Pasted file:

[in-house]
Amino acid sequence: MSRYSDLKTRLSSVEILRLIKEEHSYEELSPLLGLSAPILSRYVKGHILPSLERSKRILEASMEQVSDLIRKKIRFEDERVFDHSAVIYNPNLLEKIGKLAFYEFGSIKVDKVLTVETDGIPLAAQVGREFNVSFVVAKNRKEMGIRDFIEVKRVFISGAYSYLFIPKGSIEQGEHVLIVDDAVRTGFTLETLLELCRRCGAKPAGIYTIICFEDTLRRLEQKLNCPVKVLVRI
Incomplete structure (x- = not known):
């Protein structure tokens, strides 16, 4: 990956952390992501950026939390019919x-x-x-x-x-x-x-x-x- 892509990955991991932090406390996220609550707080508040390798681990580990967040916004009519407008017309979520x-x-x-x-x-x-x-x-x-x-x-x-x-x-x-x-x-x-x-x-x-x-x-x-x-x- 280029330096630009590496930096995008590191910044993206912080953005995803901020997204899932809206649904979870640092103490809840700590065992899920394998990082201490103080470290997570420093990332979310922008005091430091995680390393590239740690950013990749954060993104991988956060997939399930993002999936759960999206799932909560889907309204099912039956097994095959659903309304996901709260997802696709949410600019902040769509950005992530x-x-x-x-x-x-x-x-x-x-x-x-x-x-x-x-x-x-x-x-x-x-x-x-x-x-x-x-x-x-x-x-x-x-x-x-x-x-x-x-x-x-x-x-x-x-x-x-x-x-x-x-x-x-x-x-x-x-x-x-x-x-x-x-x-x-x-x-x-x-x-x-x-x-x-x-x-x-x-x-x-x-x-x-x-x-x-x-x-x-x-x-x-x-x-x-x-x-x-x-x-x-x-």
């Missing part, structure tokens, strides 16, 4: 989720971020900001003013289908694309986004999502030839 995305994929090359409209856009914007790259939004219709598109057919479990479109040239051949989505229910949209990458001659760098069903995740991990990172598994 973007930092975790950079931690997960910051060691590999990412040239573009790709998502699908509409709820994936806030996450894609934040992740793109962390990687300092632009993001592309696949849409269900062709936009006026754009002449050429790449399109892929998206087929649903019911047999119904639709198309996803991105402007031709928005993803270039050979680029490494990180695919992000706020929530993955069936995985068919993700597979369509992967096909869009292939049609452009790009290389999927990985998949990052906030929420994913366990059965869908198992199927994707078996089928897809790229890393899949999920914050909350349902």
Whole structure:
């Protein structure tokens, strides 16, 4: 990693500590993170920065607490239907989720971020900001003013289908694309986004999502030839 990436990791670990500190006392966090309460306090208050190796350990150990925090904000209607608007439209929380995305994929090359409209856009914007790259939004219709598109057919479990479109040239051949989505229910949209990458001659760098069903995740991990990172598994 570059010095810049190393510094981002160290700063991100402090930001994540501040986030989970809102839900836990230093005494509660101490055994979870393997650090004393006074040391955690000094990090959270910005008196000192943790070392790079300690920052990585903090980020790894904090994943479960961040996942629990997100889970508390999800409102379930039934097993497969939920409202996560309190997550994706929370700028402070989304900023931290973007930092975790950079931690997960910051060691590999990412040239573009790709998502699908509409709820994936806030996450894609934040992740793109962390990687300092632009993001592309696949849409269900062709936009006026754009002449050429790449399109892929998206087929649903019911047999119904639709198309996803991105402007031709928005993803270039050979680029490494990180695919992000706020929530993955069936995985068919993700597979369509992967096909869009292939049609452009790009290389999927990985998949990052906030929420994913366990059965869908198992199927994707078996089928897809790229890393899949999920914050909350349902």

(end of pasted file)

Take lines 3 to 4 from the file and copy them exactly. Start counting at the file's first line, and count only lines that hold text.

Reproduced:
Incomplete structure (x- = not known):
């Protein structure tokens, strides 16, 4: 990956952390992501950026939390019919x-x-x-x-x-x-x-x-x- 892509990955991991932090406390996220609550707080508040390798681990580990967040916004009519407008017309979520x-x-x-x-x-x-x-x-x-x-x-x-x-x-x-x-x-x-x-x-x-x-x-x-x-x- 280029330096630009590496930096995008590191910044993206912080953005995803901020997204899932809206649904979870640092103490809840700590065992899920394998990082201490103080470290997570420093990332979310922008005091430091995680390393590239740690950013990749954060993104991988956060997939399930993002999936759960999206799932909560889907309204099912039956097994095959659903309304996901709260997802696709949410600019902040769509950005992530x-x-x-x-x-x-x-x-x-x-x-x-x-x-x-x-x-x-x-x-x-x-x-x-x-x-x-x-x-x-x-x-x-x-x-x-x-x-x-x-x-x-x-x-x-x-x-x-x-x-x-x-x-x-x-x-x-x-x-x-x-x-x-x-x-x-x-x-x-x-x-x-x-x-x-x-x-x-x-x-x-x-x-x-x-x-x-x-x-x-x-x-x-x-x-x-x-x-x-x-x-x-x-």